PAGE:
Write a great story!
34 of 38 people found the following review helpful
Create compelling stories! 20 Jan. 2001
By Rebecca of Amazon - Published on Amazon.com
Format: Paperback
Recently I wrote a short story for a friend and it amused her to no end, yet she said the ending was somewhat surprising to her. I wondered if I had in fact left something out of the story, which would have otherwise prepared her for such a harsh ending.

I had never written a story before, let alone developed a plot. I had also never thought about how emotionally fulfilling a story would need to be, so I was a great candidate for reading this excellent guide. I simply sat down and wrote the story one night on a whim. I saw the story playing in my head and simply wrote down what I saw. It was fascinating since I had never experienced anything like that before. I mostly write recipes and this was new territory for me.

Since I review popular novels and movies, I have noticed a deeper truth running through them. After watching "The Big Country" I noticed a theme of "pride" running through the entire movie. Everything in the movie revolved around the fight between two very selfish men. Most books which also capture my attention have a definite theme running through them.

Since I read "A Story is a Promise," I realized how true it really is. When reading "Kitchen" by Banana Yoshimoto, I felt cheated by the ending. Something was missing......"Had I really spent that much time reading, only to feel a sense of anger at the ending?" While I was addicted to reading the entire book, nothing prepared me for the ending, which seemed to drift off into nothing. Had the promise been broken?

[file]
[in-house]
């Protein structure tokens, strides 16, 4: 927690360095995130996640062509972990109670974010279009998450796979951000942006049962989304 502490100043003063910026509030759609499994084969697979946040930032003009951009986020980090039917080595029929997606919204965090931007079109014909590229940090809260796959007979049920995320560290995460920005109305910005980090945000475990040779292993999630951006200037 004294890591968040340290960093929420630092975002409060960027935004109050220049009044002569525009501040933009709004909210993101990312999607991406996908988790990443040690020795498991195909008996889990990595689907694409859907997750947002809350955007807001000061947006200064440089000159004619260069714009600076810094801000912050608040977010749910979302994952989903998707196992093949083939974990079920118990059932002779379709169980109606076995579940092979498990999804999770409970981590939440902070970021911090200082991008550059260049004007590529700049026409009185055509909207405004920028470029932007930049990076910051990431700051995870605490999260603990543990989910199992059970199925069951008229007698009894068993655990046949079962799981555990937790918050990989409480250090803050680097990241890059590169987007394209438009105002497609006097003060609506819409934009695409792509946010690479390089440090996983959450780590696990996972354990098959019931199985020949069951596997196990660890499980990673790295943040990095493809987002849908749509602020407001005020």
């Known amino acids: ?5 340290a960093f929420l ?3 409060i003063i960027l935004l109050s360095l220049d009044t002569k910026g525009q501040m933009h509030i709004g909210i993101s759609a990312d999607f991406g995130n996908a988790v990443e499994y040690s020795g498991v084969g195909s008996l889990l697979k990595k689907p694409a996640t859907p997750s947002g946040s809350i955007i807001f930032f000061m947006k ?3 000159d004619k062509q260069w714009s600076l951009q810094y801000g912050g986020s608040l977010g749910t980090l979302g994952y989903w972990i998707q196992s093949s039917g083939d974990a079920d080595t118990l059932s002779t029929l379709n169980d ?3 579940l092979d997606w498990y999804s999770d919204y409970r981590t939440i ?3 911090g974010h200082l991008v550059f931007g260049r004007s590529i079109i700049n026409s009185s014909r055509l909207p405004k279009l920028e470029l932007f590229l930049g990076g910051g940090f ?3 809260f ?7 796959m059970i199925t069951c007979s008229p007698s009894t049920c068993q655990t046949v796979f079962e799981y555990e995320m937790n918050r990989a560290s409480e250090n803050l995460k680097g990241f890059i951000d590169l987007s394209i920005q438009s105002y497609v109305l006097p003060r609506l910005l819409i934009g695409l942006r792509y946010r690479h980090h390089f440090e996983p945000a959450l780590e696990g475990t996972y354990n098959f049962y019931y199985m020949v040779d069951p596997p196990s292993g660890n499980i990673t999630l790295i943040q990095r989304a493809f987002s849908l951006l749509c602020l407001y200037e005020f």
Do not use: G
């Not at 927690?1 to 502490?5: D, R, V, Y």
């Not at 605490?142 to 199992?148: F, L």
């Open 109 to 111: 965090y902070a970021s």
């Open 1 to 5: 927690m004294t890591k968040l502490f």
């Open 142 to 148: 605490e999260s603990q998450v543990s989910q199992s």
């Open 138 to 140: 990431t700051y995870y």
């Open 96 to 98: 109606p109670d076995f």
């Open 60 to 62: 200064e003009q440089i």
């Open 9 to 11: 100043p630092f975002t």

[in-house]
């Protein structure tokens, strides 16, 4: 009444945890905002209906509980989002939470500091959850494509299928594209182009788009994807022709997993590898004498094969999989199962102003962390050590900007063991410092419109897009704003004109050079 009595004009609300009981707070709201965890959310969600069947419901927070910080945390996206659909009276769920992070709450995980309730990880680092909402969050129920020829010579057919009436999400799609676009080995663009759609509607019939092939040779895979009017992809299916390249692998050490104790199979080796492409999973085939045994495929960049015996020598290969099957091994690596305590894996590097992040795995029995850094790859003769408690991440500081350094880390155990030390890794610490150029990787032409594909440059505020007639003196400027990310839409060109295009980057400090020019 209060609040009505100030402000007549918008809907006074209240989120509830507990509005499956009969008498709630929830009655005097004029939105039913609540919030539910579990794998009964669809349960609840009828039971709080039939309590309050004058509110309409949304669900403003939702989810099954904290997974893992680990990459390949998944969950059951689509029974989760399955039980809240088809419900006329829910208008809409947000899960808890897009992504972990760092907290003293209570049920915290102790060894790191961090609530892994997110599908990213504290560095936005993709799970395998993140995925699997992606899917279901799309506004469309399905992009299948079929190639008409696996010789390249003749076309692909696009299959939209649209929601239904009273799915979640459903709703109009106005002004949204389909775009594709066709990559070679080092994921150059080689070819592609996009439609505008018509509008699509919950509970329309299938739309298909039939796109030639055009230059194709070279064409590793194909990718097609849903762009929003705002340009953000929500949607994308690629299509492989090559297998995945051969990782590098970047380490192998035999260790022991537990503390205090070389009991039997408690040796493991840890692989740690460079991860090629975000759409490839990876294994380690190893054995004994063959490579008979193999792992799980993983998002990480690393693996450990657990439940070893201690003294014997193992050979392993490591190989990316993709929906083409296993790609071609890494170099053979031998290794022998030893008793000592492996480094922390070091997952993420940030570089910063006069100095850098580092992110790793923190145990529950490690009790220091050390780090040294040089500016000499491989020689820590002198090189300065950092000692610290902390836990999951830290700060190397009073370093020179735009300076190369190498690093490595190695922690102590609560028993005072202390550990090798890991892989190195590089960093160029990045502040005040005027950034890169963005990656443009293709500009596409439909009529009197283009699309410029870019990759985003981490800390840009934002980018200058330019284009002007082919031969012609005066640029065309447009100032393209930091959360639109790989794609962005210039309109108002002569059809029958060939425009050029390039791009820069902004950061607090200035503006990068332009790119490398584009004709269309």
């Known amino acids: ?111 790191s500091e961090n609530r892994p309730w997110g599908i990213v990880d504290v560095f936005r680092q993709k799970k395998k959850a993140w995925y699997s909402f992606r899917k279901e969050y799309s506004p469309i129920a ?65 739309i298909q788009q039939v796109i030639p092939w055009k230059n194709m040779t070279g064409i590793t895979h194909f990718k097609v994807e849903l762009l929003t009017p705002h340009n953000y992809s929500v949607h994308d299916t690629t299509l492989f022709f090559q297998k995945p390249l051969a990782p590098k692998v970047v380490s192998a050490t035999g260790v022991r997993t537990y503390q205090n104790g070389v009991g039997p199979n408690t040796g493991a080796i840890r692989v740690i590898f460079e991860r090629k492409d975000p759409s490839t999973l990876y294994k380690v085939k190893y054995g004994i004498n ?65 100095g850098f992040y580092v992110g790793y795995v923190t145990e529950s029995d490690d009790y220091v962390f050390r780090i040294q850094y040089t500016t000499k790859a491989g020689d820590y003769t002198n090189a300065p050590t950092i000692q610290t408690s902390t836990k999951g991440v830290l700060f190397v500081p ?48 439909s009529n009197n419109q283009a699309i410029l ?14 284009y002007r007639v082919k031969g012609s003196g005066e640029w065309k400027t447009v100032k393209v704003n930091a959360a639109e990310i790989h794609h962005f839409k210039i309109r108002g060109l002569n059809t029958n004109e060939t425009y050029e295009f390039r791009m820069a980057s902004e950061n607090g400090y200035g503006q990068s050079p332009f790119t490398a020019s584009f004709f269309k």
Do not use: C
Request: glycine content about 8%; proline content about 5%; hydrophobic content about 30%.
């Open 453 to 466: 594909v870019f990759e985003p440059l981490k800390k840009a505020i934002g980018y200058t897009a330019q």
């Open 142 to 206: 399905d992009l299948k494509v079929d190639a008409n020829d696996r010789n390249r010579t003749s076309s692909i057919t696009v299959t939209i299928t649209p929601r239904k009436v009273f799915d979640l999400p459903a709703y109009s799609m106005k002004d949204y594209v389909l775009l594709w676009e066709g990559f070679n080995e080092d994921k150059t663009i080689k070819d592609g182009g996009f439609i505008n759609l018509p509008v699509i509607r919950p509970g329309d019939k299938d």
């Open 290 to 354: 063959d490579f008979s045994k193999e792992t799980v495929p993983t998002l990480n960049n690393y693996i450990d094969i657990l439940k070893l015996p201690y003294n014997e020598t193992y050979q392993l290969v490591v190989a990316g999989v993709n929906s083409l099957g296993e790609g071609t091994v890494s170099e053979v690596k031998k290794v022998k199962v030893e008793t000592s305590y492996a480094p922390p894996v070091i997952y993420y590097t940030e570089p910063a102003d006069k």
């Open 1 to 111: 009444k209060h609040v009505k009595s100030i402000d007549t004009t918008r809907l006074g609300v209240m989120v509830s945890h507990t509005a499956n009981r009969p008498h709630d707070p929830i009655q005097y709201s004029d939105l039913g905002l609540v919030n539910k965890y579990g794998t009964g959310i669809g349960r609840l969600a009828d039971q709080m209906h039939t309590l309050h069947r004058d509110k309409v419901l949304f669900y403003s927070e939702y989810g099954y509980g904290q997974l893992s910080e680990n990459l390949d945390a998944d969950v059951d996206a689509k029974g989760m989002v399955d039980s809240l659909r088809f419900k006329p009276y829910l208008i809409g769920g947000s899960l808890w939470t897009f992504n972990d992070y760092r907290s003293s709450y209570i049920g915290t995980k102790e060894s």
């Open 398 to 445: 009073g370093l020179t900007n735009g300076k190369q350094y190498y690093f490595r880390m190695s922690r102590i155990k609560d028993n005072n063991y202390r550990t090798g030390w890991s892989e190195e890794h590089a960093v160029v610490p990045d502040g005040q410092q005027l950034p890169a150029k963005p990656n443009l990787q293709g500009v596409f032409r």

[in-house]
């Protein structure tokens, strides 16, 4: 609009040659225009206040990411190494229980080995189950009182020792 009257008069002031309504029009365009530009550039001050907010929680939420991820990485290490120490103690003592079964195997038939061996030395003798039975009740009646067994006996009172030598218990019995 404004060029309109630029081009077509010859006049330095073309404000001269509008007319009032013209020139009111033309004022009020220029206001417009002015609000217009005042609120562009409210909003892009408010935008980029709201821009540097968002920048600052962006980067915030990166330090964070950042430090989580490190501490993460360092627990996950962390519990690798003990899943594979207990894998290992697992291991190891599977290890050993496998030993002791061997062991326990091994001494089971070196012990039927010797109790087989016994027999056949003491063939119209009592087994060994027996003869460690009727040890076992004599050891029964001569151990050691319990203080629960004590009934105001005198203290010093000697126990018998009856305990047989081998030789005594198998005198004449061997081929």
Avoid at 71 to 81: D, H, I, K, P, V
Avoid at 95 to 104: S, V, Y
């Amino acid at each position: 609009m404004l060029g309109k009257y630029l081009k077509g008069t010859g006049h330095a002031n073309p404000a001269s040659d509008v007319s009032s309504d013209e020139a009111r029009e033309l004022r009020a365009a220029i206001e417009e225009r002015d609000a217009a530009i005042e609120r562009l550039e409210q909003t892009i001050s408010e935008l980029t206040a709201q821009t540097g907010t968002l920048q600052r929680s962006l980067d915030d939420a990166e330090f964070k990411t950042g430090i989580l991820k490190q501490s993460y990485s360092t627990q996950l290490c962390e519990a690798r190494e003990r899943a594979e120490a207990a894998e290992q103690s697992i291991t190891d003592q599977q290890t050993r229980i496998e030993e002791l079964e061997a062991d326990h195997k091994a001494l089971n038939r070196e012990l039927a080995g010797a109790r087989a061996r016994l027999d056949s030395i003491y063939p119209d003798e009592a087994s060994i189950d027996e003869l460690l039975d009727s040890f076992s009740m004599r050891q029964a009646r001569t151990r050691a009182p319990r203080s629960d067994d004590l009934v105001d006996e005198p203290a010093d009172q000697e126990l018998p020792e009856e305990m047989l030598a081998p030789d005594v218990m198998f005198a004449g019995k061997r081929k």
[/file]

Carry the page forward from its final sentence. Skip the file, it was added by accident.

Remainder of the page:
That is the problem with many stories written without an underlying purpose. Bill Johnson explores this in depth. This is the best book I have read on understanding the most difficult of all arts: writing! To create a dramatic engaging story takes and understanding of the underlying principles. Authors of the most popular works have tapped into this deeper understanding. They have fulfilled the promise to the reader.

Bill Johnson knows why human's need stories. That is something many of us have most likely never really considered. Why do we love a great story? Is there something within us that wants to escape? Or do stories help us survive when we can't think of any other way to explain our lives? Do the stories we tell ourselves give us a sense of belonging?

"Take away a person's sense of place in the world, and you'll have an unhappy person." -Bill Johnson

This book is a highly intellectual look at how to fulfill the promise to your readers. It is written in a more conversational style. Bill took his nagging feeling that there was more to a story than just the plot and turned his quest for answers into a book which can help you write that next novel or screenplay.

You will discover how a story function like a promise, learn to develop dynamic characters and be more aware of the role of ideas in a story line. The role of conflict in storytelling, writing that first dramatic sentence and developing a plot are all discussed. By reading this book you will in fact be taking a fascinating journey to the heart of storytelling. This book will fulfill the promise of making you a better writer! :)

~The Rebecca Review
13 of 13 people found the following review helpful
The promise of drama... but it could use a better delivery 20 May 2004
By H. Grove (errantdreams) - Published on Amazon.com
Format: Paperback